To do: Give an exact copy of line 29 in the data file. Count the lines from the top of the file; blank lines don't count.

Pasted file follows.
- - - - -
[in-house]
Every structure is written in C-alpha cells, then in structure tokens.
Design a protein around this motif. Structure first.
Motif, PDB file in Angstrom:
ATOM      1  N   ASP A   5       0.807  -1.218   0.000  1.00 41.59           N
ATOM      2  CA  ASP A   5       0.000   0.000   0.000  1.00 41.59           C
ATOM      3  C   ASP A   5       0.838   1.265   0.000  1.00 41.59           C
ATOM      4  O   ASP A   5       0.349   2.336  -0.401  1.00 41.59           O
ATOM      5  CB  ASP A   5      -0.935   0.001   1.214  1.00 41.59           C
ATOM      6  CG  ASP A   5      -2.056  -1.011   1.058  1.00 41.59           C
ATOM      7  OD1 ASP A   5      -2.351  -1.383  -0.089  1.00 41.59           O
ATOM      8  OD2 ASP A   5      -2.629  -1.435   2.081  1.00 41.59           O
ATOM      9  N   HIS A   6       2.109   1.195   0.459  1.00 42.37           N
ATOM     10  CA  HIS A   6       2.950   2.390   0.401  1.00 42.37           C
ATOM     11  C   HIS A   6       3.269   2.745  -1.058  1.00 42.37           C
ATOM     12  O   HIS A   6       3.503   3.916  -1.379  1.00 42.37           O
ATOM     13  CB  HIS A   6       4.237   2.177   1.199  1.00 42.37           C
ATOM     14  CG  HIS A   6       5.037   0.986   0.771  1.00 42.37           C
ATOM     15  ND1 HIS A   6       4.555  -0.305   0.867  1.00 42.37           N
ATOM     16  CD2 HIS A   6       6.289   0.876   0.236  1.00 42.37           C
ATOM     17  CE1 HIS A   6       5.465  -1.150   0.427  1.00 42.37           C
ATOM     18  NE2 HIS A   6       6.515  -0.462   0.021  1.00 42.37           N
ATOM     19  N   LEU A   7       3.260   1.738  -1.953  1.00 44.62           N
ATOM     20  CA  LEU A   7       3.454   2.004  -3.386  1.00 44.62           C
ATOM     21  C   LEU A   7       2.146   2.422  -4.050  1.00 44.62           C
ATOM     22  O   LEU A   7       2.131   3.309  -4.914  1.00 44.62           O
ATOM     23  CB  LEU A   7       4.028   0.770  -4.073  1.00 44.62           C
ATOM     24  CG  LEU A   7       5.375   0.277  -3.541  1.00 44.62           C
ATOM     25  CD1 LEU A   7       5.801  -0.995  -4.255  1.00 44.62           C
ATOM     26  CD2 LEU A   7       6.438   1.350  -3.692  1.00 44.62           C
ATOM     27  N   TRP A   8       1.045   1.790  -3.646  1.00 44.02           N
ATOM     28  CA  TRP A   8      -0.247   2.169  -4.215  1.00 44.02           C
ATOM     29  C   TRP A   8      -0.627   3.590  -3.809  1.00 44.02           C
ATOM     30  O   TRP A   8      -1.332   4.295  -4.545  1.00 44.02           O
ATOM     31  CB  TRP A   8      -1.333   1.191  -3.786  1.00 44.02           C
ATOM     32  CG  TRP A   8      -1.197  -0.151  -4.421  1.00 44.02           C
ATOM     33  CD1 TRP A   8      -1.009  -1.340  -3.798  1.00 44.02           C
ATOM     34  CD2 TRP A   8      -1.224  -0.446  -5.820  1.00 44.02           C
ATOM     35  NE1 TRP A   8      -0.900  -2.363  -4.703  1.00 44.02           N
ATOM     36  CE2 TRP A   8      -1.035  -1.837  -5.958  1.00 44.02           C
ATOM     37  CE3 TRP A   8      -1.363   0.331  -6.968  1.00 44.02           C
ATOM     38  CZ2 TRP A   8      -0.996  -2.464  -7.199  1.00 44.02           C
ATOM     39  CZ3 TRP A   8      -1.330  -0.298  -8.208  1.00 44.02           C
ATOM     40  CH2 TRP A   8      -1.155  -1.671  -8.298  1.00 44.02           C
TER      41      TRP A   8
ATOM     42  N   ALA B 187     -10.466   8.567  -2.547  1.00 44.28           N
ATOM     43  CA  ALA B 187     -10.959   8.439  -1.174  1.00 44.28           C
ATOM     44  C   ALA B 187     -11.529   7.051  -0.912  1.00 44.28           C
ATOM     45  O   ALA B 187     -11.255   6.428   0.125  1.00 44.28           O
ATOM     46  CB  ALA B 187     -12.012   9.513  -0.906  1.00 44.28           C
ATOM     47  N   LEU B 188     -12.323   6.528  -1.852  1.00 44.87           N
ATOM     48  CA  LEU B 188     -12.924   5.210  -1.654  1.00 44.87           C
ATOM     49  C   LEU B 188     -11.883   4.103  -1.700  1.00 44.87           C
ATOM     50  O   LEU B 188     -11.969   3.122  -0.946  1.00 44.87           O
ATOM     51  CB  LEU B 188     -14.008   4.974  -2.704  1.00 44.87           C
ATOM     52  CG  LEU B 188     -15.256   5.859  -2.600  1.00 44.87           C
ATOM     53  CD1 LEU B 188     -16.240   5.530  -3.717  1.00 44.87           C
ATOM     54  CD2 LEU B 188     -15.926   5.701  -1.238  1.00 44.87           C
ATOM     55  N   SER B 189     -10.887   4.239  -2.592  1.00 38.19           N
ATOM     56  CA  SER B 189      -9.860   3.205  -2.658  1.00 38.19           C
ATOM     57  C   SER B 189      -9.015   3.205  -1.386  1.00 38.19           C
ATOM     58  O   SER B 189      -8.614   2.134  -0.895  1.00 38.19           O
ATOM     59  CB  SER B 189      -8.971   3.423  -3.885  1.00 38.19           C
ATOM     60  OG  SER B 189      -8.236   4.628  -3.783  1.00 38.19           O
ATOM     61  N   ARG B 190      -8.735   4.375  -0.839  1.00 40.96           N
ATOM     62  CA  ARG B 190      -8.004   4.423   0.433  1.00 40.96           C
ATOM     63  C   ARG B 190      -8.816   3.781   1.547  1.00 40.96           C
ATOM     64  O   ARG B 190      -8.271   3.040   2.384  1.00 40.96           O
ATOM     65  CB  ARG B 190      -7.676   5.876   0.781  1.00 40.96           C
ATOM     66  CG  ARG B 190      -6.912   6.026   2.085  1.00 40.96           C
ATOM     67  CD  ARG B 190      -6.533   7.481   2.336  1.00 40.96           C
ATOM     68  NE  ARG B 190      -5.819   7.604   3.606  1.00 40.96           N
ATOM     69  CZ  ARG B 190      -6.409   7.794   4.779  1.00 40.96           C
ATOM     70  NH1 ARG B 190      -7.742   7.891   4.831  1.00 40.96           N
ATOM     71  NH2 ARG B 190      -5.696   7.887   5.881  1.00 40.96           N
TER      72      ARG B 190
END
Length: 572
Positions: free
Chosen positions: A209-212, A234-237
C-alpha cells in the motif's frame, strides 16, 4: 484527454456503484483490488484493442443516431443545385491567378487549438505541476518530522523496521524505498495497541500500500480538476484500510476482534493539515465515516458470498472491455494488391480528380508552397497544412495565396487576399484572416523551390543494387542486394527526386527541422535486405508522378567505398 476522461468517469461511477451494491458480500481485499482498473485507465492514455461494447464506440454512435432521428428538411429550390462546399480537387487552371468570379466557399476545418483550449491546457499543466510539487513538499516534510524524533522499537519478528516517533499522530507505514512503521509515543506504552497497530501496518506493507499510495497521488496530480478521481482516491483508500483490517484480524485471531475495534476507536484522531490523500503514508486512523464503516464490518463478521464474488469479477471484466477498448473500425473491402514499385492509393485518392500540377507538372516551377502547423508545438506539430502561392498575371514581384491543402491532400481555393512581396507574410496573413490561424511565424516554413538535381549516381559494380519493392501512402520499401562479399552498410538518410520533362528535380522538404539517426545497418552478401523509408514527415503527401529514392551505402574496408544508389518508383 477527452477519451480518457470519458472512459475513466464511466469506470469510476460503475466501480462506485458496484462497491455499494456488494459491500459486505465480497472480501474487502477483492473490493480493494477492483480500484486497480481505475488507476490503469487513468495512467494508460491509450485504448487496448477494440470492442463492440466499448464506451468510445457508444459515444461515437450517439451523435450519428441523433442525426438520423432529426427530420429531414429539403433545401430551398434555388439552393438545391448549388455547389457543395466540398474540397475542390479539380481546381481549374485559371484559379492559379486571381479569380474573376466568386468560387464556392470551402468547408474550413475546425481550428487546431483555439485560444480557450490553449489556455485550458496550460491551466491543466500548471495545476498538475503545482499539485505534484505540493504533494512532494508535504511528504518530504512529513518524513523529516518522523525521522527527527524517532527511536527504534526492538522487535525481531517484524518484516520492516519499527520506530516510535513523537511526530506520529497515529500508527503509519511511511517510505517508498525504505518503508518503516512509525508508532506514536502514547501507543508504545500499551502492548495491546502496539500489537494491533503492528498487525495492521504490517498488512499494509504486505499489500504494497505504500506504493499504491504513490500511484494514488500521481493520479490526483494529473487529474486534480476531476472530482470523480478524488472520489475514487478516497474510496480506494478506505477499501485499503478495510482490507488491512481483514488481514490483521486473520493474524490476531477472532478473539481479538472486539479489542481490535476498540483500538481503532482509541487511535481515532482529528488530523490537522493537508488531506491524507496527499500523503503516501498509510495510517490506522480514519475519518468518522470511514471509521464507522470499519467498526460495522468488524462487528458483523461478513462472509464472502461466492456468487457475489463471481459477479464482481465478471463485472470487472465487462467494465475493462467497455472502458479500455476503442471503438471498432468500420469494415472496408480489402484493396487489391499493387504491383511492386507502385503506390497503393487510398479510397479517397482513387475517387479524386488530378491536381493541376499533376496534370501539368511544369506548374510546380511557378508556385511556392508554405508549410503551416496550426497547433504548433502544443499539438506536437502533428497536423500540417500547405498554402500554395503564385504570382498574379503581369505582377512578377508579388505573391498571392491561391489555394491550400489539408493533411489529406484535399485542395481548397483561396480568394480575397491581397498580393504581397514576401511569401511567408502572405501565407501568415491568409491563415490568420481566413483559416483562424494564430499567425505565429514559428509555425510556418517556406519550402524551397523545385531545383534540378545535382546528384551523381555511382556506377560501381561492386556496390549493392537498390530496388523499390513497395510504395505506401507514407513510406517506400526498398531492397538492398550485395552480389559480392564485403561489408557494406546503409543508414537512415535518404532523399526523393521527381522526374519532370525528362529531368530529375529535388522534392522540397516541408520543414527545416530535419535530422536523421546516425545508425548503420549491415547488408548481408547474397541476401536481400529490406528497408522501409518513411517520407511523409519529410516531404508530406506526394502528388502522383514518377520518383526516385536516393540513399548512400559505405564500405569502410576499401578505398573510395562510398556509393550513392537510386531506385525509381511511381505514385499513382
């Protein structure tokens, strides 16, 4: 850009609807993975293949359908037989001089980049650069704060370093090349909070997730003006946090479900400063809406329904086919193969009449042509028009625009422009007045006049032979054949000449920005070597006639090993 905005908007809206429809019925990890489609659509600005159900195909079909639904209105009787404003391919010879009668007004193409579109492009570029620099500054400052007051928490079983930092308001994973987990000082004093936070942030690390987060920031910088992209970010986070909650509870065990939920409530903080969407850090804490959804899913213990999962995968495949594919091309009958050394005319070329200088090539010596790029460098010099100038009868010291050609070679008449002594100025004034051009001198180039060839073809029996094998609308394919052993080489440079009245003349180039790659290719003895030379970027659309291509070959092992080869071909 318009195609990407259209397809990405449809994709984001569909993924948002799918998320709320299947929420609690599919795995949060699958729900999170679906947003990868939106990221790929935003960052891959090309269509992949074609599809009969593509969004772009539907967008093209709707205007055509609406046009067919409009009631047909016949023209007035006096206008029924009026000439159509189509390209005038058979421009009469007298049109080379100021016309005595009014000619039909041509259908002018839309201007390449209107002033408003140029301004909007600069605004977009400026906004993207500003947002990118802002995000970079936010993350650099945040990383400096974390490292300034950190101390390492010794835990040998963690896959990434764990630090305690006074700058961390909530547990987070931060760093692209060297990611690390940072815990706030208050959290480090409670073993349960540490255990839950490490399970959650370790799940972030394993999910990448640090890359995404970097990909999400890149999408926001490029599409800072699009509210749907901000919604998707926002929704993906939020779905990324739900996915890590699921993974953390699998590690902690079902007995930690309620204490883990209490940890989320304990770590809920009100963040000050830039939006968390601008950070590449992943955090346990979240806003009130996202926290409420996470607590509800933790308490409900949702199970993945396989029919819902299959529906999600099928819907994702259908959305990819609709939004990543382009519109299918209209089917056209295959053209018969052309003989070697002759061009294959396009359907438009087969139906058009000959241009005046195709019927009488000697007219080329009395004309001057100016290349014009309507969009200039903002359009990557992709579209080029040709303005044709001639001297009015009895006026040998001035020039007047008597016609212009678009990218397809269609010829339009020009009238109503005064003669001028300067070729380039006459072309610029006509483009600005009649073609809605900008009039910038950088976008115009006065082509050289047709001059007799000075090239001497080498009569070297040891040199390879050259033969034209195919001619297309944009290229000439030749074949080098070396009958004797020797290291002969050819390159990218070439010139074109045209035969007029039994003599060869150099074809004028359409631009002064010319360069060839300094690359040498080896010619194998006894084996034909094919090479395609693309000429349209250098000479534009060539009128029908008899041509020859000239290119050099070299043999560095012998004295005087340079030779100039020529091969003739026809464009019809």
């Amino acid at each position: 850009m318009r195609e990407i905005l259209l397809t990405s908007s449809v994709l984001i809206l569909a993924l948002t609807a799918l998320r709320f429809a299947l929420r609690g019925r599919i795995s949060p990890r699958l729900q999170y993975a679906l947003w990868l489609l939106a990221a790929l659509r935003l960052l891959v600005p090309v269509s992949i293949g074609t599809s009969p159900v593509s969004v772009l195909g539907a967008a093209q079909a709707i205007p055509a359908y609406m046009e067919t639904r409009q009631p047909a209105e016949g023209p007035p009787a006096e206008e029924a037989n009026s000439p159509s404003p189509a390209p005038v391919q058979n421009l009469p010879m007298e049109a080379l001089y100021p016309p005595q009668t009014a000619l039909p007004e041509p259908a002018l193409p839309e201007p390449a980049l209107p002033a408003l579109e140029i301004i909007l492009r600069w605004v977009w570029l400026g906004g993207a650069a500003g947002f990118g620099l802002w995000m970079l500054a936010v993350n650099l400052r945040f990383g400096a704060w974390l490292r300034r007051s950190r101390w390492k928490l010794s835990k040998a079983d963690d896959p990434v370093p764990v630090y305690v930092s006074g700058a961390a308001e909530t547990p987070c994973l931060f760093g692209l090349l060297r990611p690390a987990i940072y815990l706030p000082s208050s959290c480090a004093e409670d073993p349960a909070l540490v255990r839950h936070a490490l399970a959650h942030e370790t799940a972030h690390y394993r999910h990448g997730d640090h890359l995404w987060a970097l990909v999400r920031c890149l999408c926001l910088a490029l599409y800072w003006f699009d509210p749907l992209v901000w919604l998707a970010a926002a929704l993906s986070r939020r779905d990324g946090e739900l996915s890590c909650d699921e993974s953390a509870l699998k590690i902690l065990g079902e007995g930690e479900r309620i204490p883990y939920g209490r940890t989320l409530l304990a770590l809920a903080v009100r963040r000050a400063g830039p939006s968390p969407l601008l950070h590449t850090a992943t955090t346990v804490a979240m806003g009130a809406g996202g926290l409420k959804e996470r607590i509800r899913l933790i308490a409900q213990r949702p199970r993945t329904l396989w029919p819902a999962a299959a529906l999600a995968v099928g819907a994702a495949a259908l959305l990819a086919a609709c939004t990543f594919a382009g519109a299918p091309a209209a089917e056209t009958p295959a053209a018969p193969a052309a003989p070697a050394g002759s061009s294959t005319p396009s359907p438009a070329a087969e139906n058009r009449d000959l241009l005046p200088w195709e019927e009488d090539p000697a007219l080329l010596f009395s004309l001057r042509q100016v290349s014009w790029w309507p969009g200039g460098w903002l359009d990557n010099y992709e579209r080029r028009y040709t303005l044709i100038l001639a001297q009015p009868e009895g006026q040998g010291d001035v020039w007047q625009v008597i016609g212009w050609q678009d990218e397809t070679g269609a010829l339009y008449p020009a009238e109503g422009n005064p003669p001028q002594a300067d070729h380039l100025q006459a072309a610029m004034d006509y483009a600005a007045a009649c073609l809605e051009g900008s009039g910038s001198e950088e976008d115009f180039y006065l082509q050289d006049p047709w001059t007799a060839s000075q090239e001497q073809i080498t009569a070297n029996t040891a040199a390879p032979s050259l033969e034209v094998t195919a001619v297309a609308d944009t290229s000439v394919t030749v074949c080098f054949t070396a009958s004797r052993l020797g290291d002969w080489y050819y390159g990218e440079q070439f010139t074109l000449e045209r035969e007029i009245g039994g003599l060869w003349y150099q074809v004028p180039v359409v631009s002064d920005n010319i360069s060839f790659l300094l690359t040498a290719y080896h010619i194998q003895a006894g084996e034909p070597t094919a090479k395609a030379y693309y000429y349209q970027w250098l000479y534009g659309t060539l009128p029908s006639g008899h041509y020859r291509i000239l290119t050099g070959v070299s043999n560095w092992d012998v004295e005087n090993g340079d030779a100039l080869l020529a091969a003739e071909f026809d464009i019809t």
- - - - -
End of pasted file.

ATOM     25  CD1 LEU A   7       5.801  -0.995  -4.255  1.00 44.62           C